Professional Learning and Student Achievement

June 26, 2013

Research indicates that the academic success achieved by students is related to the quality of teaching. In order to graduate students prepared for the work force, college, and careers, improvement of student achievement must be addressed. Professional learning is an essential strategy for improving teacher quality and increasing student learning in the K-12 years.

In a research review conducted by Regional Educational Laboratory Southwest (Yoon et al., 2007), a report surfaced regarding more than 1,300 studies addressing the effects of teacher professional development on student achievement in the content areas of mathematics, science, and reading, English language arts. The findings indicated that nine studies met What Works Clearinghouse evidence standards. The report revealed that those teachers who participated in these nine studies and received an average of 49 hours of professional development increased student achievement by 21 percentile points. Wouldn’t you like to see that kind of increase?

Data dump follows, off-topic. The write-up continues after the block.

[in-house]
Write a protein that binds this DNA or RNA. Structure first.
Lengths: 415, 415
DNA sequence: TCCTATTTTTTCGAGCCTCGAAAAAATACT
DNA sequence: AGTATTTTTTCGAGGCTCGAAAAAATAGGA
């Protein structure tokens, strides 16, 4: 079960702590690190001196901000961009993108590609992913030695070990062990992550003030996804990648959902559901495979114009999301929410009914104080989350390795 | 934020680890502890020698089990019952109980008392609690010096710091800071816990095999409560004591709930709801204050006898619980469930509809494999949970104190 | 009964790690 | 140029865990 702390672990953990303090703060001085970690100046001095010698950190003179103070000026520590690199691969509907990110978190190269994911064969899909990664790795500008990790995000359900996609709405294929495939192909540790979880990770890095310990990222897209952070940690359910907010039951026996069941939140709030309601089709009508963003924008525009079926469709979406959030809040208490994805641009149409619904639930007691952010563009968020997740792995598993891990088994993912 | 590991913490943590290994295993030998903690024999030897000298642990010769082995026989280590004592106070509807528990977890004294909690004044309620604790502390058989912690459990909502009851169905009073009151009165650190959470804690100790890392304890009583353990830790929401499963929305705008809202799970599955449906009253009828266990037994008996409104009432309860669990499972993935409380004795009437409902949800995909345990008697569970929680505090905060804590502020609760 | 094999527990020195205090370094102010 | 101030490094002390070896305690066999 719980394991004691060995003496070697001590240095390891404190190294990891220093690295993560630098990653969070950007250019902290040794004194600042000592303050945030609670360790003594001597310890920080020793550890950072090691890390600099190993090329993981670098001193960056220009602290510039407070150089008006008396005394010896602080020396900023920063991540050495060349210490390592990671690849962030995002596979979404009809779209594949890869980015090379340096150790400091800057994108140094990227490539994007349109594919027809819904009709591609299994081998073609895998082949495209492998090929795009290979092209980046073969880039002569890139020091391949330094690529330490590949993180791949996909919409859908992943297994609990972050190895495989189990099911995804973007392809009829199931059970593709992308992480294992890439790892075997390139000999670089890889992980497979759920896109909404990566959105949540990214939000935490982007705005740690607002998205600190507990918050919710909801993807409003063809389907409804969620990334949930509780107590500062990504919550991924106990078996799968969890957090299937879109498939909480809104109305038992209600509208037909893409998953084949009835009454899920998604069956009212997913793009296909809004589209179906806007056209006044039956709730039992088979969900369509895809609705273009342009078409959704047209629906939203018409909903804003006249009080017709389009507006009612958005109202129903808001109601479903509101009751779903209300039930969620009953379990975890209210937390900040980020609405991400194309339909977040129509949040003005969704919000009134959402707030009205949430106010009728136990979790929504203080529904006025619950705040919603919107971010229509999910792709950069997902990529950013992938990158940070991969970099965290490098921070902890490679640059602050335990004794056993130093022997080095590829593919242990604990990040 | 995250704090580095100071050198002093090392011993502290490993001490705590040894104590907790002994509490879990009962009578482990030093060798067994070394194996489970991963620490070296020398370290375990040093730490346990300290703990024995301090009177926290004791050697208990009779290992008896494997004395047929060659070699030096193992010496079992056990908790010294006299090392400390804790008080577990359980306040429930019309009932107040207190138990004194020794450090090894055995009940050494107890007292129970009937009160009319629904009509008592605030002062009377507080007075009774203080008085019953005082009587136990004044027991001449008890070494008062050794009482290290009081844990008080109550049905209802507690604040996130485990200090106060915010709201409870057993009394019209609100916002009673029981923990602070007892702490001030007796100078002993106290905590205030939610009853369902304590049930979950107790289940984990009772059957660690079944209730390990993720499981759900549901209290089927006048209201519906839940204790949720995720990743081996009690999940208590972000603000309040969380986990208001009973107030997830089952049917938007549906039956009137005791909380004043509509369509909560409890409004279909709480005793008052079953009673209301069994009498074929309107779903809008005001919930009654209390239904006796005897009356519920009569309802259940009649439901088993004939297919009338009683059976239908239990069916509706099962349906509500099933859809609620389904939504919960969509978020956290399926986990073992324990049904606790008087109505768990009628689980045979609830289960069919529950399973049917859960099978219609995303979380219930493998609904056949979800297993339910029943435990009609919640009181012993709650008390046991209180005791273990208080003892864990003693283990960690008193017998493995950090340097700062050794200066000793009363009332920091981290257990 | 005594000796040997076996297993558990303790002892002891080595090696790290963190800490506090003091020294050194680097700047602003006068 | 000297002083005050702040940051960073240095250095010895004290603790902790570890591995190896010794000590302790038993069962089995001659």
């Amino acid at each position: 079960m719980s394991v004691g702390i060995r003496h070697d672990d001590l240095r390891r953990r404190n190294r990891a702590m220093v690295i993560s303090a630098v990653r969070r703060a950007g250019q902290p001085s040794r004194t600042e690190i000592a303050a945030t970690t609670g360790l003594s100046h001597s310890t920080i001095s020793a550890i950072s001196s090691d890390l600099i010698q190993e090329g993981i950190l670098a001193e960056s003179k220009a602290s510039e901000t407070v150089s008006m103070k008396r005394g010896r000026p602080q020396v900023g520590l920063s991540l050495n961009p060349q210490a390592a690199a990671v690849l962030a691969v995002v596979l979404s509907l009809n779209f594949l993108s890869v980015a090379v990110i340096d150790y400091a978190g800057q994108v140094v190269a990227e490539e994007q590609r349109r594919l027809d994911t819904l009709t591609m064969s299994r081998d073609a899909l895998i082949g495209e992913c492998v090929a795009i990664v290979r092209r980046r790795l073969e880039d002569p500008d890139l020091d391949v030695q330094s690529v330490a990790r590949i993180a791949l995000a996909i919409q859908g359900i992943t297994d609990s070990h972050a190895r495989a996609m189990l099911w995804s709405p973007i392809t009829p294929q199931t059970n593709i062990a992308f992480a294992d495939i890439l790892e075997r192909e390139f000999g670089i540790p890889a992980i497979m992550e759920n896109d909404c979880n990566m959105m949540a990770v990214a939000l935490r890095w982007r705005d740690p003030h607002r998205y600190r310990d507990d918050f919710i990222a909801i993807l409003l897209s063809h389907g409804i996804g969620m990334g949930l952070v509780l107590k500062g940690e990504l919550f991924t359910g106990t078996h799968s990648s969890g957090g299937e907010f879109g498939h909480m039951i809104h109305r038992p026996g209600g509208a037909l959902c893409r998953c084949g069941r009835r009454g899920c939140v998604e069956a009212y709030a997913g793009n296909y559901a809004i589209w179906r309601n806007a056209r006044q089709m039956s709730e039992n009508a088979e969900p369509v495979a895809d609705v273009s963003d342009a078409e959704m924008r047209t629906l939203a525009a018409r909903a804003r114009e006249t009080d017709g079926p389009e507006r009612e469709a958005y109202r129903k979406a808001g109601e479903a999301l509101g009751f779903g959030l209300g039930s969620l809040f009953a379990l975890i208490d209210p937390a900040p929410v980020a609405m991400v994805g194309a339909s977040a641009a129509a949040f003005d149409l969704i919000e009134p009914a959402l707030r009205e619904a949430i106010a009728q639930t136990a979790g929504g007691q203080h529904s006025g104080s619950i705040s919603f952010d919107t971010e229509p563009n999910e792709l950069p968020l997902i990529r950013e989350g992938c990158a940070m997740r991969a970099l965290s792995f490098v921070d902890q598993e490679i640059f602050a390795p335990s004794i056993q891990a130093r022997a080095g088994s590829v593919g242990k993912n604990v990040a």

Multi-Prong Approach to Teacher Development
Student improvement is non-negotiable; thus, educators must focus on a critical element, teacher effectiveness. Multiple opportunities must be provided for teachers to refine and advance their teaching practices based on the daily use of student data. Teachers must be encouraged to reflect on how their instructional practices impact student learning. Daily conversations must occur in order to determine how to best address the diverse needs of students. Networking with others can guide educators in how to systematically develop students’ cognitive skills and promote high-intellectual performances. Other suggestions for improving teacher effectiveness and student achievement include:

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